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Renovating/expanding garage built with true 2x4 wood


Northern Mike's Avatar
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02-24-12, 07:51 AM   #1  
Renovating/expanding garage built with true 2x4 wood

So my big plans of tearing down the old, building the garage I want is not going to be happening as expected. We had just bought this house, knowing the garage was not going to be able to replace the 1.5 car garage I had at the old place (old house had a 10yrs old detatched garage, heated, with electricity and a perfect concrete floor). The one I have now is about the same size (a bit longer maybe), but is dity floor, tin siding and roof (with holes), no power and what looks to be a roof that needs replacement (see pics below).

Being that I will be able to slowly put money into making it my dream garage, I am going to look at expanding what I have and go from there. The problem being, all the studs, trusts, etc are old (true) 2"x4".

How can I compensate for the smaller 2x4s now available when some of the walls will contain the old wood?

Here is what I currently have for a garage (pictures taken when we viewed the place before purchasing)



 
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02-24-12, 09:04 AM   #2  
You can either go to a local sawmill and buy true 2x4s or use the smaller lumber yard 2x4 and rip some 1/2" plywood to shim it out even.


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02-24-12, 09:09 AM   #3  
Posted By: marksr You can either go to a local sawmill and buy true 2x4s or use the smaller lumber yard 2x4 and rip some 1/2" plywood to shim it out even.
I think the shims might be the more cost effective method, but a pain. I think the true 2x4 could be costly but I will check the local lumber mills before selecting a direction.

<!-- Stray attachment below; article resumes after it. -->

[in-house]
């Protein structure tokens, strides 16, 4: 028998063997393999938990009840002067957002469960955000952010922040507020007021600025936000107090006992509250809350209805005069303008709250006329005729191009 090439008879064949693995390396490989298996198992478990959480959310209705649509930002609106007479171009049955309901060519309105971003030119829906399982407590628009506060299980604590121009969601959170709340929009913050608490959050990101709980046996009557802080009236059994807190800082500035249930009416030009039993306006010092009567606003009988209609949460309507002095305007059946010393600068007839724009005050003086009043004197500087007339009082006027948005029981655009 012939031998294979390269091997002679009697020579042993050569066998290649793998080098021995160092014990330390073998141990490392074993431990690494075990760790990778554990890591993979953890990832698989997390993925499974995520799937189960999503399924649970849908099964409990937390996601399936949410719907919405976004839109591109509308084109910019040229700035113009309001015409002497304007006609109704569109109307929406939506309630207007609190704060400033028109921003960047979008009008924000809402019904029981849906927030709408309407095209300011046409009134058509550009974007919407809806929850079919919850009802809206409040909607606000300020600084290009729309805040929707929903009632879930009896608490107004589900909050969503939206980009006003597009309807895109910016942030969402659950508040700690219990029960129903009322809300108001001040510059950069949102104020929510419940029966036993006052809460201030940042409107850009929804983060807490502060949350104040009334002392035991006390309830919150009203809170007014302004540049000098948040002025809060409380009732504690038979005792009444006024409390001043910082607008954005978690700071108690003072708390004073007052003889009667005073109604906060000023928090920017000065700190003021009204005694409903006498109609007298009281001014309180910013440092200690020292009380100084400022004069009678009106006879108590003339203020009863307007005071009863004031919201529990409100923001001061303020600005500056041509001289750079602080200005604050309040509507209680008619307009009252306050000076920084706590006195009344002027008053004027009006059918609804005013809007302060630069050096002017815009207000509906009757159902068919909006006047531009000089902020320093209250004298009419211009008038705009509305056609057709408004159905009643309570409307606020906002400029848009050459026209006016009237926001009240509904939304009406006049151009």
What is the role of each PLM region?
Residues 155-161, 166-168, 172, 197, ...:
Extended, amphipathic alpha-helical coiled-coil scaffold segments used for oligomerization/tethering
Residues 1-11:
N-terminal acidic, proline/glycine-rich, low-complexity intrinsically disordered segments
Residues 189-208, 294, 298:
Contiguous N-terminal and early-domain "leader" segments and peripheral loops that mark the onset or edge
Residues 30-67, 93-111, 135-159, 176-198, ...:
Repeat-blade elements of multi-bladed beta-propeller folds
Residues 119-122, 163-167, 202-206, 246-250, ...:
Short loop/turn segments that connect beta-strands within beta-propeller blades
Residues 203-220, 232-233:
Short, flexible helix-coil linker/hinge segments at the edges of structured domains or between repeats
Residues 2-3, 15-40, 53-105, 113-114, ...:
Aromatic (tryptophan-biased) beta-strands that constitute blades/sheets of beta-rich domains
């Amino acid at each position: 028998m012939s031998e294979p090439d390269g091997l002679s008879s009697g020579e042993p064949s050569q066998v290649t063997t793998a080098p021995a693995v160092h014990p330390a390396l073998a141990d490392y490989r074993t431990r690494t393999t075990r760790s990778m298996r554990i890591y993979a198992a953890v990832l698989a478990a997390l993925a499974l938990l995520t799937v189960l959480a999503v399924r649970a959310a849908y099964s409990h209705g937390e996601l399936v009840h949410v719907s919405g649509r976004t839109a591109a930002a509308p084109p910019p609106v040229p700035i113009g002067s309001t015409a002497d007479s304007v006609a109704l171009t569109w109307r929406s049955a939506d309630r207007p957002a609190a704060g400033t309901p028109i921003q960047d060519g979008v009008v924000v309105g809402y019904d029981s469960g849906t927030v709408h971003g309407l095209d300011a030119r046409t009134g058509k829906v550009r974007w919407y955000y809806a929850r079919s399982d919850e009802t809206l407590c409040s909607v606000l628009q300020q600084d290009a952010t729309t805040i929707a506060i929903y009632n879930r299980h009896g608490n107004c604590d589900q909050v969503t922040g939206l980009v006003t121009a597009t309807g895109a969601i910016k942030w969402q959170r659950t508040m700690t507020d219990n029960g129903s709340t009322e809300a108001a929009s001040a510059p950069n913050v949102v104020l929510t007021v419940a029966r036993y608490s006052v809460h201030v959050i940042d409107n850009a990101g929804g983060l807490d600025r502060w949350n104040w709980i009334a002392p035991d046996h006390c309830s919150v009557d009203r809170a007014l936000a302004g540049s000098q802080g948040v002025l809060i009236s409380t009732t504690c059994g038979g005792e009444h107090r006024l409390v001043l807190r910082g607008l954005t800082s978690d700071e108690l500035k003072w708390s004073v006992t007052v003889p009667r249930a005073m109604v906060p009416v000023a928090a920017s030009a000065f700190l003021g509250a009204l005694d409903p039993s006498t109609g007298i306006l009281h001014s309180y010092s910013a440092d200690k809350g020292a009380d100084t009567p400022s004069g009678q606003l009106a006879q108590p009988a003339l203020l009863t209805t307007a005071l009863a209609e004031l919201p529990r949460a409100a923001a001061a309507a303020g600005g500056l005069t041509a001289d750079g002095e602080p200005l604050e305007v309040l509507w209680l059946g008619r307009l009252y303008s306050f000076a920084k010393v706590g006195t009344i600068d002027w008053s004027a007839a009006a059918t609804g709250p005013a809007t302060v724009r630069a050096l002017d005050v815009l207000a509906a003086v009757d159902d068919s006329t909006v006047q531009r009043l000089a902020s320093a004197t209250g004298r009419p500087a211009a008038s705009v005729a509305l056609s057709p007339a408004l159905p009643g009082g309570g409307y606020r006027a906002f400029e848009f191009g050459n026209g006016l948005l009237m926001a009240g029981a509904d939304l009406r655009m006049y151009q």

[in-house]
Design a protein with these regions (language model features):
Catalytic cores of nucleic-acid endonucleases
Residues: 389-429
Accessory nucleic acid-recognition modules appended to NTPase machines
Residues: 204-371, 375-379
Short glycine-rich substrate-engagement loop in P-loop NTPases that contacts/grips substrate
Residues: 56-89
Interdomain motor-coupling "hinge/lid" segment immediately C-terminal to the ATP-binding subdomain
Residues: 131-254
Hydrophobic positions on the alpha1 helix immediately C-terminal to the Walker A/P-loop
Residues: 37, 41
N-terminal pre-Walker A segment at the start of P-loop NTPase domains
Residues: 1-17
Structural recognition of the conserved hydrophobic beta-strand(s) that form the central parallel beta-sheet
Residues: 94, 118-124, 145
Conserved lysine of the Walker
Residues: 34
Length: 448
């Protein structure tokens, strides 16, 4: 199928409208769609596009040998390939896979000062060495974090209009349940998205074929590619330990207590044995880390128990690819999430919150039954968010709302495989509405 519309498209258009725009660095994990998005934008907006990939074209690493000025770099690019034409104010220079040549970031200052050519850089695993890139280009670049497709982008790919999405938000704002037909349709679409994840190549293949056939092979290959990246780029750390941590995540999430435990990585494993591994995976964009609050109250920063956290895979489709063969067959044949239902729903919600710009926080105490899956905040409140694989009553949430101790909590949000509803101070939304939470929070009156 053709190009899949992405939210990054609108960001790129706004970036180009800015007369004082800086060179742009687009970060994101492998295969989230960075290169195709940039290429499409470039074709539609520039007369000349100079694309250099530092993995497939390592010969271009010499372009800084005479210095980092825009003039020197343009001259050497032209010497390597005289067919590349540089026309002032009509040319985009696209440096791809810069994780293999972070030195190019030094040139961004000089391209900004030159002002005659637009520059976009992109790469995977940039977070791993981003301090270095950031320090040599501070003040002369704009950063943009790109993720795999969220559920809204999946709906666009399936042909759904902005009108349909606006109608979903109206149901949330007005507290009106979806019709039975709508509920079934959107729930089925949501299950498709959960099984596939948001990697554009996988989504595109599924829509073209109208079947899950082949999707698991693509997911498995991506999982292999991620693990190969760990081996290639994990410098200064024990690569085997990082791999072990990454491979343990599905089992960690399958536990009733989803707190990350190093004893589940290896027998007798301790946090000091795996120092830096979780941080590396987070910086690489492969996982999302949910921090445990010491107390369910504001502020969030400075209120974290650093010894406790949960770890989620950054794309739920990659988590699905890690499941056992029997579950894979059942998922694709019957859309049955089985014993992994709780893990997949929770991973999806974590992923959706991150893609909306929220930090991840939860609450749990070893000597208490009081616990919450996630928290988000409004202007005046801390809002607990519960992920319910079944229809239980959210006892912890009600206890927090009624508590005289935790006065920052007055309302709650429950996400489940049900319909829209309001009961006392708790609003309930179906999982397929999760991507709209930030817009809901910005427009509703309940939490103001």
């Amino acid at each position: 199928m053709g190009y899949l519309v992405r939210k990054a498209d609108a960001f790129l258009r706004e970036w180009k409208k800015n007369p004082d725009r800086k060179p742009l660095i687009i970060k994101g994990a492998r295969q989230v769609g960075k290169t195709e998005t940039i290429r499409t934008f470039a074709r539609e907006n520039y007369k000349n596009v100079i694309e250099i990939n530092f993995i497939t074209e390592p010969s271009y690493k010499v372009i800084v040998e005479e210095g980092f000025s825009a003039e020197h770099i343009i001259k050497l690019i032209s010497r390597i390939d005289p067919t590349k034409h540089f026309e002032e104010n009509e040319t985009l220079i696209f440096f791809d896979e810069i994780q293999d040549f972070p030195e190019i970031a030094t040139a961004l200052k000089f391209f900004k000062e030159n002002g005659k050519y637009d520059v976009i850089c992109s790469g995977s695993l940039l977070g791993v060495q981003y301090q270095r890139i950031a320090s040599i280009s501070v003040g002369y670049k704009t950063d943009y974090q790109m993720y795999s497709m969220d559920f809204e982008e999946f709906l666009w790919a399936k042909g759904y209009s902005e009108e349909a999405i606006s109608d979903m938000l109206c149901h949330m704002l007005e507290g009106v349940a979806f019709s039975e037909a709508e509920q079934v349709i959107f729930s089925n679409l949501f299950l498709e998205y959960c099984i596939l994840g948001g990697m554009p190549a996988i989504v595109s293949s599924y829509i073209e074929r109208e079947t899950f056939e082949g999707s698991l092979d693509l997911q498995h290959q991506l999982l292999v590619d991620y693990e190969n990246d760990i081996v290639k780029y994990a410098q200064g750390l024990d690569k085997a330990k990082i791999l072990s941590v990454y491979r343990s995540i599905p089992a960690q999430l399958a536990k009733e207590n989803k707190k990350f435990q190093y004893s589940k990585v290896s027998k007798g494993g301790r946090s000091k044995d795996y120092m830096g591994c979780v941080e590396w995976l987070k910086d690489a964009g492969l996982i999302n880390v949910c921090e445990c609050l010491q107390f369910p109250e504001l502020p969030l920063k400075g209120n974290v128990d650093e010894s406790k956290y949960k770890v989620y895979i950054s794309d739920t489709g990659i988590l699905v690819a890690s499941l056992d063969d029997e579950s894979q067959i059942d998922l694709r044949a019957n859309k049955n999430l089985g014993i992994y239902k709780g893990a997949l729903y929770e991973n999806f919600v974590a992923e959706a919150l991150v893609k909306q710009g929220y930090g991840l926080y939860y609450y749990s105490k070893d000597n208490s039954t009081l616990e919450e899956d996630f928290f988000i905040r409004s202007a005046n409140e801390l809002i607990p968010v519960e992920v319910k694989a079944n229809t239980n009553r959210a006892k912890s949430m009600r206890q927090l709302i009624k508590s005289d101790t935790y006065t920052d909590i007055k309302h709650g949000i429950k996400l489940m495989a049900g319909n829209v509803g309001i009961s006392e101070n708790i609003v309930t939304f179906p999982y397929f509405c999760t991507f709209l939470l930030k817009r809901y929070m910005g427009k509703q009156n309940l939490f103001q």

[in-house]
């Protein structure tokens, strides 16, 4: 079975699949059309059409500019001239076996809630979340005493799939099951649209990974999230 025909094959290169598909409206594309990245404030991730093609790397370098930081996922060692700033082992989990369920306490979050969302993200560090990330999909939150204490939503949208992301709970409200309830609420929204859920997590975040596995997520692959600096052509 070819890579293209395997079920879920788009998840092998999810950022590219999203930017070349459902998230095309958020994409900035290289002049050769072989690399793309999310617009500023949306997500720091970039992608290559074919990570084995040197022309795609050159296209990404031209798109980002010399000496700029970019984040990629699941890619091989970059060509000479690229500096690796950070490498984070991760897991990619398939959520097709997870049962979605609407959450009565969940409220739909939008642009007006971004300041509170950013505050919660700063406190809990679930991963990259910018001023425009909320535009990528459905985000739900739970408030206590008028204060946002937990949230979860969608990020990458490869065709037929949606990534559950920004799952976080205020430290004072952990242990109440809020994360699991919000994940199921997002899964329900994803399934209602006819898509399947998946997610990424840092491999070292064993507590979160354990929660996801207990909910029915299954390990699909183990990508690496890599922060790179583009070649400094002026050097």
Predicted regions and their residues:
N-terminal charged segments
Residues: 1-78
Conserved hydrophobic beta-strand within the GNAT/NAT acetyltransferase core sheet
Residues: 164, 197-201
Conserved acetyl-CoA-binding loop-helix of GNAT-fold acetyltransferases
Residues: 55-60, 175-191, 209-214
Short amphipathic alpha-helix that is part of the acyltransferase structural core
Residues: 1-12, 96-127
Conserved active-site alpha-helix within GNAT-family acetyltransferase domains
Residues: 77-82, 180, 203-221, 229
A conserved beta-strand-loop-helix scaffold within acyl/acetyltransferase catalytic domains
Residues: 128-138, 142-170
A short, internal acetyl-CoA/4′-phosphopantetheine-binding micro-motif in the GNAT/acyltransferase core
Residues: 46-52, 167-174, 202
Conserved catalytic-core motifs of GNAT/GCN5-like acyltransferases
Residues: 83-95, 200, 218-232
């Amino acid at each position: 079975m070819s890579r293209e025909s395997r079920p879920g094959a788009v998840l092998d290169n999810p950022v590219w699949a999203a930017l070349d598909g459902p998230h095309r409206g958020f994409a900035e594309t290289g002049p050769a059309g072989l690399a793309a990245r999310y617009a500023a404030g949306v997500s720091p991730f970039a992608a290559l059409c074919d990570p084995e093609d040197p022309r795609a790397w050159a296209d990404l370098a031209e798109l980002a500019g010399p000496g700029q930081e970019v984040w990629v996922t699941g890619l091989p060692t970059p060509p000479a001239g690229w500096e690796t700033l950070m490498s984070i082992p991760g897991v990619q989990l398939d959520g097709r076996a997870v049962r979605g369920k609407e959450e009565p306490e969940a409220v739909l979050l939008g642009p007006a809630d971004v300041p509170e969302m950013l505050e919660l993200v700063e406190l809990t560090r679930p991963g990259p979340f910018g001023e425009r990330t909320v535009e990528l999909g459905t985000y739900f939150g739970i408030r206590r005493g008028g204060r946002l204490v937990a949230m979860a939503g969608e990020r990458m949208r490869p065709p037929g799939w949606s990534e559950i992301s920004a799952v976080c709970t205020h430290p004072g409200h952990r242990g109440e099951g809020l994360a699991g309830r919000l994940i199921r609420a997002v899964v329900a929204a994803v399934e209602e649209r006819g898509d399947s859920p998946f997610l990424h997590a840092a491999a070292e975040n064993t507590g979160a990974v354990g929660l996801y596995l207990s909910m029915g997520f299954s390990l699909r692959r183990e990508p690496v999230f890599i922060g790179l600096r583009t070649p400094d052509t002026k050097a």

I'm pretty much looking to double the width of the garage (depth I think is ~28' currently). Unfortunately I won't have the ~$10k (plus floor/foundation) as I was planning to tear down and build new. Now it'll be a couple hundred per pay check going into materials and hammer swinging when time and materials permit.

 
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02-24-12, 09:20 AM   #4  
I haven't been to sawmill in a 2-3 yrs but here locally they are always cheaper than the lumber yard/big box. The only issues with sawmill lumber is it isn't kiln dried and depending on the sawmill, the width/dept may vary some..... and you always have to square up the ends and cut to length.

Is the siding aluminum? if so, I'd expect it to bring a pretty penny if you decide to replace it.


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02-24-12, 09:25 AM   #5  
There are a couple saw mills in my area (this little town I moved into was a lumber town originally) so it'll be work a look at minimum.
As for the siding, I don't know if it is aluminum or tin or what. There is no rust or corosion but it does have a few holes in it. It's attached to the garage by screws, screwed straight into the studs. I do want to replace it. Probably with plywood then eventually siding to match the house. I am assuming I'll get a box of beer or so if I bring it to a scrap yard. Really not looking forward to removing all them damn screws though.

 
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02-24-12, 09:35 AM   #6  
7-8 yrs ago my brother in law remodeled a house and tore off all the aluminum siding. If I remember correctly, a pickup load brought me about $90. A magnet should tell you if it's steel or aluminum. I haven't seen any in years but it looks like the aluminum siding/roofing that was popular for a short time years ago.


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02-24-12, 09:40 AM   #7  
I will have to check when I get some time. Been so busy I haven't really been able to start looking at the garage, what I can save, and what has to go. I know with my tools, car and sports gear (mtn bikes, kayaks, etc) that the existing garage will not be good for working in or even really mounting stuff too.


If I can get a box of beer in return for the scape metal, it'll be all good for me. Better then paying tipping fees at the dump.

 
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